The first few weeks of new mommy- and daddyhood are quite intense. You’re riding a roller coaster of emotions (yes, daddies too), getting to know your new little one, and paid visits by many family and friends who bring assistance in many forms; from meals to snacks left on the doorstep or company on a Friday night. Days run into nights into days again. It’s a diaper change then a nursing session then another diaper change and lots of snuggling and taking it easy.
In between it all you fit in the housework, a nap if you can, (another) trip to Walgreen’s to buy more medicine for your scrappy post-partum body, and googling things like “are babies supposed to blink less than adults” or “when do baby’s teeth come in.” Very important questions. Instead of my daily google searches of “blank blank blank when pregnant” it’s now “blank blank blank with newborn/baby/infant.”
Moo Goes the Cow
Learning how to breastfeed is no easy feat. It’s a challenge that brings many rewards for both mom and baby. It’s constantly changing, so once you think you have it figured out and things are going smoothly, it changes again and there are new or more challenges to understand. Before I had Lo, I always thought, why is there SO MUCH attention focused on breastfeeding? I didn’t really get it until I had to do it myself. Like most new moms, I was nervous about how it would go, what would it feel like, would I make enough milk, how much should I be pumping. I had a lot of anxiety leading up to it. Then, when things got consistently smooth (week 4ish), my confidence slowly built and I enjoyed it. Challenges ranged from her always falling asleep to a foremilk/hindmilk imbalance due to overproduction (which made for one very fussy and unhappy baby). Not to mention the physical pain from latching that gradually fades as your body adjusts.
Thinking back to week 2, I was so completely sad even thinking about Sean traveling again mostly because I was an emotional wreck and wanted him to be with us at all times. But as time went on and my sanity grew, I was okay with him traveling. Sure, I would miss the extra hands when she was especially needy or when I was trying to cook dinner. And I would miss him and the special family bonding time we shared the whole month of July. But I knew that day would come when I would “be alone” for four days in a row.
On the Road Again
Since week 5 he’s been traveling, and Lo and I have had a good chunk of time to find our routine. There are good days and there are bad days. Days when I google or text my sisters and friends random questions like “were your babies clammy?” and days when I just can’t stare at her enough. I even miss her when she’s napping and find myself looking at her cute little face on my phone when I’m not with her sometimes.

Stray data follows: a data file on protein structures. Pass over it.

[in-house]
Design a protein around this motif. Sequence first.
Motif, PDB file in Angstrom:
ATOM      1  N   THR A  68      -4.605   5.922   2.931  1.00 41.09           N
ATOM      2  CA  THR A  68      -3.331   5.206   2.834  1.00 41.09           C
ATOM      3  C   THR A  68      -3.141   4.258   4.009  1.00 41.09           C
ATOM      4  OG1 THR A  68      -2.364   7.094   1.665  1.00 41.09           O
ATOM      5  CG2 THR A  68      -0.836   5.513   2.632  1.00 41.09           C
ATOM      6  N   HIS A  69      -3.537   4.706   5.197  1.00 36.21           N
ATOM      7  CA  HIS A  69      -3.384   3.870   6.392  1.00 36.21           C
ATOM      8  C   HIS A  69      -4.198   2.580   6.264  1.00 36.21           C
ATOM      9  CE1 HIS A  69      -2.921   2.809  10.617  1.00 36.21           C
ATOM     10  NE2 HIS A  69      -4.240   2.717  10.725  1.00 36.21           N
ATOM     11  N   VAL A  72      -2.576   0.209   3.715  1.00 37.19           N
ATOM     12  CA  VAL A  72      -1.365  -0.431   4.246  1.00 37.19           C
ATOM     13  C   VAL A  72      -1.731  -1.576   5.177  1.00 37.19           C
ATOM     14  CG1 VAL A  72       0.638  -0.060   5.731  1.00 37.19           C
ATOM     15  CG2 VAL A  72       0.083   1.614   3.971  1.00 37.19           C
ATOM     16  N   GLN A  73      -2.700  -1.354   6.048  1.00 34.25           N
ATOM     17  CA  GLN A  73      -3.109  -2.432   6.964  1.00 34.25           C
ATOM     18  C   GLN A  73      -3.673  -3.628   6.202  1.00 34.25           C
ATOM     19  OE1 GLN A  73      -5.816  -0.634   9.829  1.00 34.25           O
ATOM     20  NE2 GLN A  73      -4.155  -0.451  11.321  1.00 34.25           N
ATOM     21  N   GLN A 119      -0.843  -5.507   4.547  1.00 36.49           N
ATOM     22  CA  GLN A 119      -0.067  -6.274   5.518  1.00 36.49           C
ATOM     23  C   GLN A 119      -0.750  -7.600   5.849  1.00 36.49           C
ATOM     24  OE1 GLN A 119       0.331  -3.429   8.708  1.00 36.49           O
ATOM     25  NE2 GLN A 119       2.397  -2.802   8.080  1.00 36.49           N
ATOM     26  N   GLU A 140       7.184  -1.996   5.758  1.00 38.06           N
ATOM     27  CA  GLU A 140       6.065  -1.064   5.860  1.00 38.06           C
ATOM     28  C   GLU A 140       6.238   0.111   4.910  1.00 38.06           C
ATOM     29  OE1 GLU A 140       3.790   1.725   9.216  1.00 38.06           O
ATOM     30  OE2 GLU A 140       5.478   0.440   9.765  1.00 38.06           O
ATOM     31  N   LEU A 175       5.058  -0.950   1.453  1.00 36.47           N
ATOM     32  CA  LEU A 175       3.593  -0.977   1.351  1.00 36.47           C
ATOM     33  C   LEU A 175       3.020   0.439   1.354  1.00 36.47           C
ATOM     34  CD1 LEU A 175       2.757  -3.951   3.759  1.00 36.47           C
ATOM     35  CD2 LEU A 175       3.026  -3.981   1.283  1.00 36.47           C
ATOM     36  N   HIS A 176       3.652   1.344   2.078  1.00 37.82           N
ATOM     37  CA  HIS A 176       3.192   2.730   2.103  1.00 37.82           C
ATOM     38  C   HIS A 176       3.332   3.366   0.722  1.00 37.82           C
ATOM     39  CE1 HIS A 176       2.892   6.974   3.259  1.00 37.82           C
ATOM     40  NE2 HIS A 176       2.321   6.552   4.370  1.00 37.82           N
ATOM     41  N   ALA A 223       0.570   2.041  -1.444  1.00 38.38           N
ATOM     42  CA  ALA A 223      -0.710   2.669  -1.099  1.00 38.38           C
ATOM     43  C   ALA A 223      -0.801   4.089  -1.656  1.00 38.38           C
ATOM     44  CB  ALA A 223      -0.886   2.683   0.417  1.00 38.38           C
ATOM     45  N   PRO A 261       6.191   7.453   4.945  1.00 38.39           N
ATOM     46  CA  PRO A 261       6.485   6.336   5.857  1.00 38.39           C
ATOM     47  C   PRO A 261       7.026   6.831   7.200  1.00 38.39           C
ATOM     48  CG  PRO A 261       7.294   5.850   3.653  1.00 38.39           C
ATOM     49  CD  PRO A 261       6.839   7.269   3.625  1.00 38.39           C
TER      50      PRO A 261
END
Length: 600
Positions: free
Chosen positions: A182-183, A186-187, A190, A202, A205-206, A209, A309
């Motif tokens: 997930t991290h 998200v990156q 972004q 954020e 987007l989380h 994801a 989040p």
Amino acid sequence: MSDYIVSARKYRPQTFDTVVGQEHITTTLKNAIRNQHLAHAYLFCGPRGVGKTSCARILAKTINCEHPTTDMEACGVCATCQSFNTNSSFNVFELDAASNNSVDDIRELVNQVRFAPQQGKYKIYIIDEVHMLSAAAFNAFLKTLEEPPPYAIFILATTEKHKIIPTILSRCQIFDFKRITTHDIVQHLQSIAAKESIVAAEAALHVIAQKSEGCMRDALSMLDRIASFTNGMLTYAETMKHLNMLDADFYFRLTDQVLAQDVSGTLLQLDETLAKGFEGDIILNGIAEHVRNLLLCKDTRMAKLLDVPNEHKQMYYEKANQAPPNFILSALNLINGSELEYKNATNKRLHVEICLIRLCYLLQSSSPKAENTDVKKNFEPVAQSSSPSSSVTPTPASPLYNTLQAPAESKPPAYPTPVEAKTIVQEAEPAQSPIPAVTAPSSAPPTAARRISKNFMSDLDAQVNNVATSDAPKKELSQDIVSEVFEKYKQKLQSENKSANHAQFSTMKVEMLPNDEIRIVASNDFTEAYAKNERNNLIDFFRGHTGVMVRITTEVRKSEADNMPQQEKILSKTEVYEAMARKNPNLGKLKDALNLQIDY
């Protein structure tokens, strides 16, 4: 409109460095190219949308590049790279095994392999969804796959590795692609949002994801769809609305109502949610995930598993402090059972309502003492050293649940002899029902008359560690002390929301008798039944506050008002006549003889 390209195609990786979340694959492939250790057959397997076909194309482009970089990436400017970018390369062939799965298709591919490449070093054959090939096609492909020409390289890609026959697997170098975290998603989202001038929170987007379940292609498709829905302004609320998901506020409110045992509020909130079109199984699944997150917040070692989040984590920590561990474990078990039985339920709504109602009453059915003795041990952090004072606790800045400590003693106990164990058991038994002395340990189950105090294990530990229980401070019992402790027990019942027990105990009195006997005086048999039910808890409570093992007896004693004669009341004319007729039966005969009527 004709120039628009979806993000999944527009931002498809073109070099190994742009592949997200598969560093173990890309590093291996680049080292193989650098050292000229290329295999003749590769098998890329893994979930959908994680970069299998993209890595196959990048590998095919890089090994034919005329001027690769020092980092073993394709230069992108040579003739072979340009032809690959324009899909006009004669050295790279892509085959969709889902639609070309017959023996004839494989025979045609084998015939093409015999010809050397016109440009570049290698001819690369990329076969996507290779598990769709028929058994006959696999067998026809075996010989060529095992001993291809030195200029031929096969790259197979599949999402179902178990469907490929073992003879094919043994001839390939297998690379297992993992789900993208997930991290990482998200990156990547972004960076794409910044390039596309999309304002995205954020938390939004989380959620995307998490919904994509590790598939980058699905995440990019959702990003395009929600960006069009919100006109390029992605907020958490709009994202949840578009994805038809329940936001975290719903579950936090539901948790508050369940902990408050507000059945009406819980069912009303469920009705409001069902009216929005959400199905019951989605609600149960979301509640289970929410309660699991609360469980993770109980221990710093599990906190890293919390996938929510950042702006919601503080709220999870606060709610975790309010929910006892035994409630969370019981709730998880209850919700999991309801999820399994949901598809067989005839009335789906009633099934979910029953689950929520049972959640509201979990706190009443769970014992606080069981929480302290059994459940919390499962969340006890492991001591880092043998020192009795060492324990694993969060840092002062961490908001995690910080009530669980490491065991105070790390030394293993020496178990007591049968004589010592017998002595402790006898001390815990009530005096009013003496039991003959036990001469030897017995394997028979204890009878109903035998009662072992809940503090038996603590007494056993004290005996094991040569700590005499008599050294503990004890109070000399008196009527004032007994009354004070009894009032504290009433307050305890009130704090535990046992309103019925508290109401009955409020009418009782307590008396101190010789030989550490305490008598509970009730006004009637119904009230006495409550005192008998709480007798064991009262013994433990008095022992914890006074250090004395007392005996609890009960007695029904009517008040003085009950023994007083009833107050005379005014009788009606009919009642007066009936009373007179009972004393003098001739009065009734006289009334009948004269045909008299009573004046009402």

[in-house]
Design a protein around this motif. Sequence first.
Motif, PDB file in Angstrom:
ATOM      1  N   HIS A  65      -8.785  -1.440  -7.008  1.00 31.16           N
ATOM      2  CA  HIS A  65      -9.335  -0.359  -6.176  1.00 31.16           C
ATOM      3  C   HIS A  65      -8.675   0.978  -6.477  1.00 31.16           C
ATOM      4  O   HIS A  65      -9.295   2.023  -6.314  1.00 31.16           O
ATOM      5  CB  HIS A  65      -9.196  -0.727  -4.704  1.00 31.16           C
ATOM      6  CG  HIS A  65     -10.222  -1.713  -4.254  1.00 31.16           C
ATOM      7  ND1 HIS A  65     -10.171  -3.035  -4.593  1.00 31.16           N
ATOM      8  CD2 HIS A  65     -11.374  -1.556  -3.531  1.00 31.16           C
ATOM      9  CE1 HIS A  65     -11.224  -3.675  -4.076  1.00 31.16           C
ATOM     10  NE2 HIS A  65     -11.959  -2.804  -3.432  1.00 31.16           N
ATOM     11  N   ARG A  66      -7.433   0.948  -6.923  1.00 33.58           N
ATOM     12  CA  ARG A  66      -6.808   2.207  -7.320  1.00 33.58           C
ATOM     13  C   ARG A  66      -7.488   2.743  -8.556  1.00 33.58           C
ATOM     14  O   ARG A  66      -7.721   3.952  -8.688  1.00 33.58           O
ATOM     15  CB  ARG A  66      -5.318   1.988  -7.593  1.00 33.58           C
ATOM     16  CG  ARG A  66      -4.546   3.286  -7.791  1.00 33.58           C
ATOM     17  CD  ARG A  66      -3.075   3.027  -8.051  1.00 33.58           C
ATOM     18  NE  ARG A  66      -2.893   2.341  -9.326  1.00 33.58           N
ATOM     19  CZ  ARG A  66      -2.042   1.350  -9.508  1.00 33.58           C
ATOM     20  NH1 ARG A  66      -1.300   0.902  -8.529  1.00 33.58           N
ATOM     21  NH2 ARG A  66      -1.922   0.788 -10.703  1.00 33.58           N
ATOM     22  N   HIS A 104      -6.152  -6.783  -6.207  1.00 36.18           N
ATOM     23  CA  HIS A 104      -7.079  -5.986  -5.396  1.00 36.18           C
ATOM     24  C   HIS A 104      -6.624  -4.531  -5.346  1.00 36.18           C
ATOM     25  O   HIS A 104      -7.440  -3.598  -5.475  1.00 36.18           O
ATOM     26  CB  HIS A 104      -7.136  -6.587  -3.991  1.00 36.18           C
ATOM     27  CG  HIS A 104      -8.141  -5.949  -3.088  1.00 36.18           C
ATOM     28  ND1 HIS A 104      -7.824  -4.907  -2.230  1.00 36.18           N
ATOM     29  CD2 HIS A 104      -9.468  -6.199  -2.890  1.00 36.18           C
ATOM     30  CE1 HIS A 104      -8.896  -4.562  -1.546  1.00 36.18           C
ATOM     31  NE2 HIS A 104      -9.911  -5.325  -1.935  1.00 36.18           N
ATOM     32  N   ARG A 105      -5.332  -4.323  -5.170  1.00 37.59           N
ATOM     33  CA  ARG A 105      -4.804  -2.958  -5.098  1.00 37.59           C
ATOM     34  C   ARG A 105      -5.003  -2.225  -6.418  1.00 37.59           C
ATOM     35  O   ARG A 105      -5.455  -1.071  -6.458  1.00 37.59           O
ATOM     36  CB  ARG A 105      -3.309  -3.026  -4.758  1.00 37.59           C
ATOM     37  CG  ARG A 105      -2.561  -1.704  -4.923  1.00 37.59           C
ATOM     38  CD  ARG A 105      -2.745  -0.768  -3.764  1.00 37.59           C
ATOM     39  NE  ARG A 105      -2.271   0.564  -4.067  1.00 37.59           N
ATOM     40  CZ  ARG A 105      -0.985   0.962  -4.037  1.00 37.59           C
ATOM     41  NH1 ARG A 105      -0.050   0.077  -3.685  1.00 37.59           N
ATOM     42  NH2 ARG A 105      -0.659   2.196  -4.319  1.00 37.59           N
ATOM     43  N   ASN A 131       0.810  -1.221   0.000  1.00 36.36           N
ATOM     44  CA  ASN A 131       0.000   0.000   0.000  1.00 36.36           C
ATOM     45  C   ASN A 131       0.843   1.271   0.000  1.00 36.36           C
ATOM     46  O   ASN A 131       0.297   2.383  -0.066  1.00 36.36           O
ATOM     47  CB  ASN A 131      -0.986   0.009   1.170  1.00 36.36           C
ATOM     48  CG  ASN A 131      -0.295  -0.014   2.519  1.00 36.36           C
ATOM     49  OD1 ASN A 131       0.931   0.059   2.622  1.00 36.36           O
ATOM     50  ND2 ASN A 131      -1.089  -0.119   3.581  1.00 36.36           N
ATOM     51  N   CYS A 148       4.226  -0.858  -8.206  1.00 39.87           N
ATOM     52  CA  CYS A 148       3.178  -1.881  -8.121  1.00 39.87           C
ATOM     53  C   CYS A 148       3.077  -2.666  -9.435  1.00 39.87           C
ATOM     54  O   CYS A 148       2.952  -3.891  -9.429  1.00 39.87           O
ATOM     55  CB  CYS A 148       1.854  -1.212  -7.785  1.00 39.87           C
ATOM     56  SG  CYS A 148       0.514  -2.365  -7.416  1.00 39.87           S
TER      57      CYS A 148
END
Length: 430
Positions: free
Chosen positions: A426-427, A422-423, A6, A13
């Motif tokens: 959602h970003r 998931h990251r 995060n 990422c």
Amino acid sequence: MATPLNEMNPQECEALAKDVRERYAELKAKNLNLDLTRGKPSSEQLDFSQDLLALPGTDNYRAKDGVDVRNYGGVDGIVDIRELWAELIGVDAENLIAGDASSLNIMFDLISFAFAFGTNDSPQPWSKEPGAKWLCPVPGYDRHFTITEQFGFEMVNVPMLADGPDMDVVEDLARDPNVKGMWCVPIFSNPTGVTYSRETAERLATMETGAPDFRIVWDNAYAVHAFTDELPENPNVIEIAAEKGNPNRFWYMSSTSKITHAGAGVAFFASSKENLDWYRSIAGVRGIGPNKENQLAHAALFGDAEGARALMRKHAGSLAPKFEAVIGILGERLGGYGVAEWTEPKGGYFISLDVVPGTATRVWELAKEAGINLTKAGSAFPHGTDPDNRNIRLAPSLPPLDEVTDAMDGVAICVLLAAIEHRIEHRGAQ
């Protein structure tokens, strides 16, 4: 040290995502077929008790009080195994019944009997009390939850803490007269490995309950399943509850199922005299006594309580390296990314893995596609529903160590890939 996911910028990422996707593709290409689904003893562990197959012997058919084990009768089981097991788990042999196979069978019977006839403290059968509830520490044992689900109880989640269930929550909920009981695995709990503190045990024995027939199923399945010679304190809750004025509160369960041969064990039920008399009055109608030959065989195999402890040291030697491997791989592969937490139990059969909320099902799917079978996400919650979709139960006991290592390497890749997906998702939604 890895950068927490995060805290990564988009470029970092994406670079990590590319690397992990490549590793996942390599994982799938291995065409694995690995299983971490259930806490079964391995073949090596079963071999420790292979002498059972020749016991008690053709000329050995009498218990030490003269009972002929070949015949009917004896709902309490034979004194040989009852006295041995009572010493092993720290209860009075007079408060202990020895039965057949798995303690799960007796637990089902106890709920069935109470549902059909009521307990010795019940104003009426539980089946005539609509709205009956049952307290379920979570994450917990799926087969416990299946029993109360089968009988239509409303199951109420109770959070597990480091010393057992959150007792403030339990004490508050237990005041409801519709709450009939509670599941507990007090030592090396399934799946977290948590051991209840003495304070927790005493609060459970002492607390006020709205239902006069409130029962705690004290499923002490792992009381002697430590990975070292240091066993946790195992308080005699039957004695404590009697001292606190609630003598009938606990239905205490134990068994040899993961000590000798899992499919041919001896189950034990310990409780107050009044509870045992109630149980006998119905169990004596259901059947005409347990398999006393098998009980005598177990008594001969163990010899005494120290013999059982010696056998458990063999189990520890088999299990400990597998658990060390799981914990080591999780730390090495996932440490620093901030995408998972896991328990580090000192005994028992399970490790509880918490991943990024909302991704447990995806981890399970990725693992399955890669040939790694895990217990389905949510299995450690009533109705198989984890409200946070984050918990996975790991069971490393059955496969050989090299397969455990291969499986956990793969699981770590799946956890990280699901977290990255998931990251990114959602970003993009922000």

The Day She Finally Slept 6 Hours
It was week 6, day 1, a Sunday night, when she finally slept six consecutive hours. I couldn’t believe it when I woke up and the clock said 6:45 and she was fast asleep. While the time she wakes is not consistent, she has repeated those 5-6 hour stretches the majority of the time this past week. I actually miss waking up at 2am to nurse her. I can’t believe I just wrote that, but it’s true. It’s special mom and Lo time. I thank her every morning for sleeping so late and whisper in her ear before bed to please let mommy sleep so she has a happy mommy the next day.
The 6-Week Stride
What all this is building up to is what I’m calling the 6-week stride. She is finally nursing longer stretches without interruption, which for us means less “Wake up, Lo, Wake up!”. Then getting out of the chair to change her diaper or do something else to wake her up. Less crying during nursing because of gas (although we still have plenty of gas at other times). Less pleading with her to burp so I can go back to bed. Less dirty diaper changes overall.
We have more real smiles, more awake time, more games to play and bath time songs. We have longer walks and talks about the birds in the sky. We have more books to read and songs to sing. We have Facetime dates with Daddy every night and mommy and Lo workouts on the floor in the morning.
There’s not really a schedule per say, but I guess you can call these patterns. My main nursing goals are in the evening so I can ensure she gets a lot of milk and learns nighttime bedtime. For now, that’s a late afternoon feeding around 4-5 and then again at 7 or 7:30 and 9-10 so she’s in bed no later than 10:30.
We still have our almost daily moments of “I can’t deal with her right now” when her cries won’t stop and we don’t know why. And I’m sure more changes and challenges are right around the corner. But for now I’m going to soak up this little routine we’ve found together, relax and enjoy life.